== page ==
Saturday, July 23, 2005


hi. sorry i haven't blogged. i was with shannon in london when the junior varsity terrorists tried their thing on thursday. we were not affected, other than that the police asked people to stay home or nearby, which we did. went to a very cool street market in roman road, bow.

now i'm in bath, which is in western england. chris mcmains is getting married, and i'm helping out. i'm off to sheffield tomorrow.

more soon. but connie and me and my sister and the others here are all okay--as it happened, there were almost no casualties. the hope is that either these guys were the b-squad, terrorists on training wheels, or that this next team was feeling the heat from the police closing in from the july 7 big blast, and rushed the job this time, and consequently botched it. well, i don't know. but figuring out how to make enemies friends is still, whenever possible, i think the best way to get rid of your enemies. i wonder if it's possible here, and if so, how.

Sunday, July 17, 2005

O Mossy Canadian Feet

Jonathan left this morning for Toronto. Okay, so I'm fine. I'll be fine. Just fine. No prob. Yep. Everything's okey-dokey here.

He'll do great. God, just give creepy people something else to do while he's there.

Incredible, Allyson and Adam! The mossy foot project--to come up with $2,500 to buy mules and bicycles for people being treated with this gross-out foot disease in Ethiopia--in Lower Greenville is to wear a one-dollar bill pinned to your shirt, and get people to give you a buck to help. So I went with Tony from Corpus to Legal Grounds, and pulled in $13 in just a few minutes. Is that cool? I'll get my $50, I'm sure. Rarely have I been this psyched about something like this. Adam, even while you're in the pit of desp--er, first year residency--know that you've done a good thing getting this ball rolling. And is our sister Allyson not the person to make it happen? She so never got the memo that says you're sposed to talk stuff to death and then never actually do anything. Yay, other people.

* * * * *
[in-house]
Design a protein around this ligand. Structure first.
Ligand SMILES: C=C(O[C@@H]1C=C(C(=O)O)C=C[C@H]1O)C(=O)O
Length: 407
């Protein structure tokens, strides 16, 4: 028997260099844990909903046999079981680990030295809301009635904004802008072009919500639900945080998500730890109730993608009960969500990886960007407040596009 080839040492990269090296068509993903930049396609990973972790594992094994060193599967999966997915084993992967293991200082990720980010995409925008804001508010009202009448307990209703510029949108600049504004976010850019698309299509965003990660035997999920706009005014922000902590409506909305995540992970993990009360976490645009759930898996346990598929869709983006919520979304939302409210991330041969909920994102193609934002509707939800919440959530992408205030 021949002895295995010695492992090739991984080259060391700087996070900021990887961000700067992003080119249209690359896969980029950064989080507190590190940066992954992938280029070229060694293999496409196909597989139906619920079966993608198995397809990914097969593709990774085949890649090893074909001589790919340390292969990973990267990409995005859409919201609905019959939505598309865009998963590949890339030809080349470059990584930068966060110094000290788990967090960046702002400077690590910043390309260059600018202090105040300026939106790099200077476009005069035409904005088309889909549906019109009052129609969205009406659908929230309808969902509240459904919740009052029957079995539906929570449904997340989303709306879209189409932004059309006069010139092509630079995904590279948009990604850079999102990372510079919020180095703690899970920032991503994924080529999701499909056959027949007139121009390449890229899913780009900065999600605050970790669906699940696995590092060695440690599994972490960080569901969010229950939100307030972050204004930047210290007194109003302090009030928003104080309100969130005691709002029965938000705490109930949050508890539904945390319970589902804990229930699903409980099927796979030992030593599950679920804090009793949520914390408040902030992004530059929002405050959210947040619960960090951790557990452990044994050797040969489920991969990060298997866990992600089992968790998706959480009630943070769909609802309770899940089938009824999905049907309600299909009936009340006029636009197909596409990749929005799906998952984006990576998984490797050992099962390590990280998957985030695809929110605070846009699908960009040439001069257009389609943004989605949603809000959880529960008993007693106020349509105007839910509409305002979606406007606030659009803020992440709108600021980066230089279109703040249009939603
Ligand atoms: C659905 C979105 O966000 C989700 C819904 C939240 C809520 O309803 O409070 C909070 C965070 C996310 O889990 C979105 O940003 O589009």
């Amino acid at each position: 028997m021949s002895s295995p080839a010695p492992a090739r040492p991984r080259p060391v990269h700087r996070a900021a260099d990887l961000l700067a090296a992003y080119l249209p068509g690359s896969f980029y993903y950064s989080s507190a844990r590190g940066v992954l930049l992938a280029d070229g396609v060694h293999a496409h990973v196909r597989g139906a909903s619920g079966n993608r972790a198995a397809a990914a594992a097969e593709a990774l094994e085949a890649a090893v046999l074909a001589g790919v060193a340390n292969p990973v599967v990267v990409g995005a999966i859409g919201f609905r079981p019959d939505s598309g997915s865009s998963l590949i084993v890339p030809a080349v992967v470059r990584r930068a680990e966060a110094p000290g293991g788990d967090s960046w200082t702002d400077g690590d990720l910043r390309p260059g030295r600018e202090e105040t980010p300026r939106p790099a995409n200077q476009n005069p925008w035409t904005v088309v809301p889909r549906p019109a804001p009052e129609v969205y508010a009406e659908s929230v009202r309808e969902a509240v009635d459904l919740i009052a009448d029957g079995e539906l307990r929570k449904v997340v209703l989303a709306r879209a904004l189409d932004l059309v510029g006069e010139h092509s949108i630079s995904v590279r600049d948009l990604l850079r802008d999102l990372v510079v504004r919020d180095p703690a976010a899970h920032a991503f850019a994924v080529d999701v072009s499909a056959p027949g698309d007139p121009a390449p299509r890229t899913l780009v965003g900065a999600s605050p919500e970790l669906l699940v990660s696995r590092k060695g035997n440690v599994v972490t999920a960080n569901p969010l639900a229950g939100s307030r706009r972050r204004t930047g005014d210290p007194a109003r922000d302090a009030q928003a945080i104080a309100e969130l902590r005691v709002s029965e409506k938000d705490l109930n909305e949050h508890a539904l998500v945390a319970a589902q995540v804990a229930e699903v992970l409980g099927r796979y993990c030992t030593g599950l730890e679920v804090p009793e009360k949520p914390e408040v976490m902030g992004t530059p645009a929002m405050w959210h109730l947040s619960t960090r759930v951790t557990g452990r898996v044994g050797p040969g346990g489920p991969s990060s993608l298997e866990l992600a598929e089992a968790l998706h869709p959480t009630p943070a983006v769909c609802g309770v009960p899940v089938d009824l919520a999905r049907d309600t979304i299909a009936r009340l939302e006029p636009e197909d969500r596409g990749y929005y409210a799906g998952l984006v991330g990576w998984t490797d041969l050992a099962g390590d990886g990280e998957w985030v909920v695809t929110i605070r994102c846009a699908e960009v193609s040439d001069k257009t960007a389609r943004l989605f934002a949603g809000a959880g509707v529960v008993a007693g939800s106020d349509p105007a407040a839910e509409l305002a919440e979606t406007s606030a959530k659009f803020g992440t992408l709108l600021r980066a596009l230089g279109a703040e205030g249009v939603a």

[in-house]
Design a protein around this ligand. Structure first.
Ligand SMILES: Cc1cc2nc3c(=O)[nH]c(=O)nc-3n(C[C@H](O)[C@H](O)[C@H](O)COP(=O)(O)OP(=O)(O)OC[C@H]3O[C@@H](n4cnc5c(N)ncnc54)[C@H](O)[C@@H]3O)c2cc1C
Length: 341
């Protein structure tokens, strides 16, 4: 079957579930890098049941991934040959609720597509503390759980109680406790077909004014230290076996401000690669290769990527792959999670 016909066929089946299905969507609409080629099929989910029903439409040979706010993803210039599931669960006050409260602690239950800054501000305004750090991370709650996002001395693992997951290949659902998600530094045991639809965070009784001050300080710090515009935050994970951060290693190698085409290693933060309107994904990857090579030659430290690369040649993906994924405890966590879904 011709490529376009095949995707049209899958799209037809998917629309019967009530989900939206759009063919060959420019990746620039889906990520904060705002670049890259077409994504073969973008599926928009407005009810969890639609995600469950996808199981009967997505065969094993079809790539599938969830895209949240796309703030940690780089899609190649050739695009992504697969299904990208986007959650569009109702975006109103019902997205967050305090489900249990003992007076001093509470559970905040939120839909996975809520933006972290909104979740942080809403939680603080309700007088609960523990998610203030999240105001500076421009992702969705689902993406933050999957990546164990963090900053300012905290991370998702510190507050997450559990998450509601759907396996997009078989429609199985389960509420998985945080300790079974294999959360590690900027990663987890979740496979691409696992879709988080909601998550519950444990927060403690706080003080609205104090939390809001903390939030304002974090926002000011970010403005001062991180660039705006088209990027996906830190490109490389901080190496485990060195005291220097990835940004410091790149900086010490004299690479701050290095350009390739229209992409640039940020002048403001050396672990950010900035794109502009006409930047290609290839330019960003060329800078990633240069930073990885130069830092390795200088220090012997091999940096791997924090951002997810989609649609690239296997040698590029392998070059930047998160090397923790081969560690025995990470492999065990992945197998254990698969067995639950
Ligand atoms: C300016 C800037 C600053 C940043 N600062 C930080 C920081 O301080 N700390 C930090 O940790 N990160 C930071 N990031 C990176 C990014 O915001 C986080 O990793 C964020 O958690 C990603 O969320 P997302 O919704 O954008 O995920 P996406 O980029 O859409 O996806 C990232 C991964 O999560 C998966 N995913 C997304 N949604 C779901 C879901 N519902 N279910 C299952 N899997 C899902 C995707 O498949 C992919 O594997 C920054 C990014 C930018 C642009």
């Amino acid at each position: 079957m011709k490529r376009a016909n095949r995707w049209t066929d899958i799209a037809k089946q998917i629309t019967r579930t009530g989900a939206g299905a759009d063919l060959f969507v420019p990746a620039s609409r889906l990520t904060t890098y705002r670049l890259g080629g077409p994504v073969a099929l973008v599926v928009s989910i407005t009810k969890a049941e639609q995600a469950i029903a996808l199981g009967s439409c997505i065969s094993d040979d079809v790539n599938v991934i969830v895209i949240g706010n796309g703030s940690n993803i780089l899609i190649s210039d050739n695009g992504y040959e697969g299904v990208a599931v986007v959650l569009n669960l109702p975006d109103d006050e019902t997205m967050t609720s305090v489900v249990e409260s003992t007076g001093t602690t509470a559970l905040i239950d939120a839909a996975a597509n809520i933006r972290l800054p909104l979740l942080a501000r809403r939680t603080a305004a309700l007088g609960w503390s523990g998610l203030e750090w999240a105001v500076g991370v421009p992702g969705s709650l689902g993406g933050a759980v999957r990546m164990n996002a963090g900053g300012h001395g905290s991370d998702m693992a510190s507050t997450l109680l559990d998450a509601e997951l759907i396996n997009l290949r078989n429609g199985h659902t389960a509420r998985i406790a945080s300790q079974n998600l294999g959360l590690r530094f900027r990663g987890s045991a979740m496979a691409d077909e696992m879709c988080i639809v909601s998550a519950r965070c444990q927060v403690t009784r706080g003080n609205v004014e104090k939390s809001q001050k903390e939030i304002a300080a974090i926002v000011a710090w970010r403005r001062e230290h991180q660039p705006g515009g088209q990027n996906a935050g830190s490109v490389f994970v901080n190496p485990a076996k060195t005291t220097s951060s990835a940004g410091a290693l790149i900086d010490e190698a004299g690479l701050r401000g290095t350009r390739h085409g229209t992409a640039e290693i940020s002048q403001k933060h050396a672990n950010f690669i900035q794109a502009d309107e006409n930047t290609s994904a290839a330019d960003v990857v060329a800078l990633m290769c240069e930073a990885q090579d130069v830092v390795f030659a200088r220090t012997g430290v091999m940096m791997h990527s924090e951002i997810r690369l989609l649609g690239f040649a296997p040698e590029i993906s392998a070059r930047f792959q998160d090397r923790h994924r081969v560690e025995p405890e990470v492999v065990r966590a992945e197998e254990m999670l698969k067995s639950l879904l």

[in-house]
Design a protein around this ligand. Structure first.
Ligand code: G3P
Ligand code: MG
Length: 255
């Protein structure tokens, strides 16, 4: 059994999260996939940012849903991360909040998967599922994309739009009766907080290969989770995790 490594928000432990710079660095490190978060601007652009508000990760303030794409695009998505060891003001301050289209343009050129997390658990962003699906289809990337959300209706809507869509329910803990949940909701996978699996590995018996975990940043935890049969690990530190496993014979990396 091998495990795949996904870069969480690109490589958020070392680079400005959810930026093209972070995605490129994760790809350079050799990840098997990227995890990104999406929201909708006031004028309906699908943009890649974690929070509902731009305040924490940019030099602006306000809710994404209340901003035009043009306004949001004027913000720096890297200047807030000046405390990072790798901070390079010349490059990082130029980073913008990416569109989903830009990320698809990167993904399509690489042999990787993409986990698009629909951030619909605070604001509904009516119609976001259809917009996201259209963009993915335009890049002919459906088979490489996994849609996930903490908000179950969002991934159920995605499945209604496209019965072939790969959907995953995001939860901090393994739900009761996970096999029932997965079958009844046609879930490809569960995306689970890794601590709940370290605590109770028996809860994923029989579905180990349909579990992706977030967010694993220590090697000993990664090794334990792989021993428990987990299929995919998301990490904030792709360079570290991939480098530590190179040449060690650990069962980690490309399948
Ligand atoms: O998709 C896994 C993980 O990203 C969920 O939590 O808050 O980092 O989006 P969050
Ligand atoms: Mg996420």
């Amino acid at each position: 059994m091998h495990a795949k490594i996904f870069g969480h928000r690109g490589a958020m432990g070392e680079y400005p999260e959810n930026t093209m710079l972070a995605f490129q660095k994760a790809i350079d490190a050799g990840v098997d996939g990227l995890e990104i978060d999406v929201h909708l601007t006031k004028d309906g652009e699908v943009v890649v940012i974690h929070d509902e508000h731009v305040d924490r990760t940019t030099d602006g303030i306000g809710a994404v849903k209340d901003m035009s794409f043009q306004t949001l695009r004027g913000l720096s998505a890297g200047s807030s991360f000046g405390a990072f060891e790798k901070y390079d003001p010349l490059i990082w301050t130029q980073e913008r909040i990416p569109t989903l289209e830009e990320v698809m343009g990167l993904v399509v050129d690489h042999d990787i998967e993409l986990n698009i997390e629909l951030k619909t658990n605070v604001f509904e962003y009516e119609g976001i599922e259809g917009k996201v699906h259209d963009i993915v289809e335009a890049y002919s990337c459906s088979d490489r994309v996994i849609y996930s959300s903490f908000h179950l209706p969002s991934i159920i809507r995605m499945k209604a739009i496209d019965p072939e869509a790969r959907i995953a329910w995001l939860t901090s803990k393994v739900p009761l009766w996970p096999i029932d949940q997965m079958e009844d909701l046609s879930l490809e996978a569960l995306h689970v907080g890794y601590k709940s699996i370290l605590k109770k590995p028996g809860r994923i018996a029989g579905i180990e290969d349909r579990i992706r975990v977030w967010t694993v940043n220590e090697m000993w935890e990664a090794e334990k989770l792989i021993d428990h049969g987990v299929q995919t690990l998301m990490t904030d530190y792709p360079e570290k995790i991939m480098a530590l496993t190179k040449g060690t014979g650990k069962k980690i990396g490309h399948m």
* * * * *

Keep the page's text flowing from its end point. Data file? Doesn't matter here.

Anybody heard of any plane crashes? I gotta go check the news til Jonathan's scheduled to arrive. But he'll be fine. I'm sure.

Wednesday, July 13, 2005

little joys Tori Amos may, sadly, never have had


Good reunion. Fifty or sixty people, of all generations (four and maybe five). How cool and rare is that? Me and several cousins also began working on a plan to fix the family cemetery for the long haul: clean it up, get it secured, and then deed it over, if the other families buried there agree, to the state of Missouri, which owns the land around it (for a state park, thankfully).

God keeps bringing people we haven't seen in years, people from the early part of our time in Dallas, back up into our lives. Sort of eerie, but also kind of encouraging. This spring I was ready to just write off a bunch of relationships that had petered out in one way or for one reason or another. But now half those relationships seem to be surfacing again, maybe for us to learn something, maybe for Dawn and me to have one last chance at some kind of worthwhile influence for Jesus's sake with them.